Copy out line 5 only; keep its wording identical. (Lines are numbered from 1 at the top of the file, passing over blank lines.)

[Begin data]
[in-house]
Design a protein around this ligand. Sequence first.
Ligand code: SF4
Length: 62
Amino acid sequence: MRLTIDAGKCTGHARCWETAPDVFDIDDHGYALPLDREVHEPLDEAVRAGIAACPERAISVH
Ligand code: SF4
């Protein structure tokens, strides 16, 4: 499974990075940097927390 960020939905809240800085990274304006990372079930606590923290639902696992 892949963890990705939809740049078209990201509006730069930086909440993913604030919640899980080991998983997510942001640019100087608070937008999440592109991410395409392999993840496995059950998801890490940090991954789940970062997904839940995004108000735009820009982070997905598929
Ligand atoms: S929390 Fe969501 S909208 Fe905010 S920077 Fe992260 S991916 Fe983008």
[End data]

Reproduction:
Amino acid sequence: MRLTIDAGKCTGHARCWETAPDVFDIDDHGYALPLDREVHEPLDEAVRAGIAACPERAISVH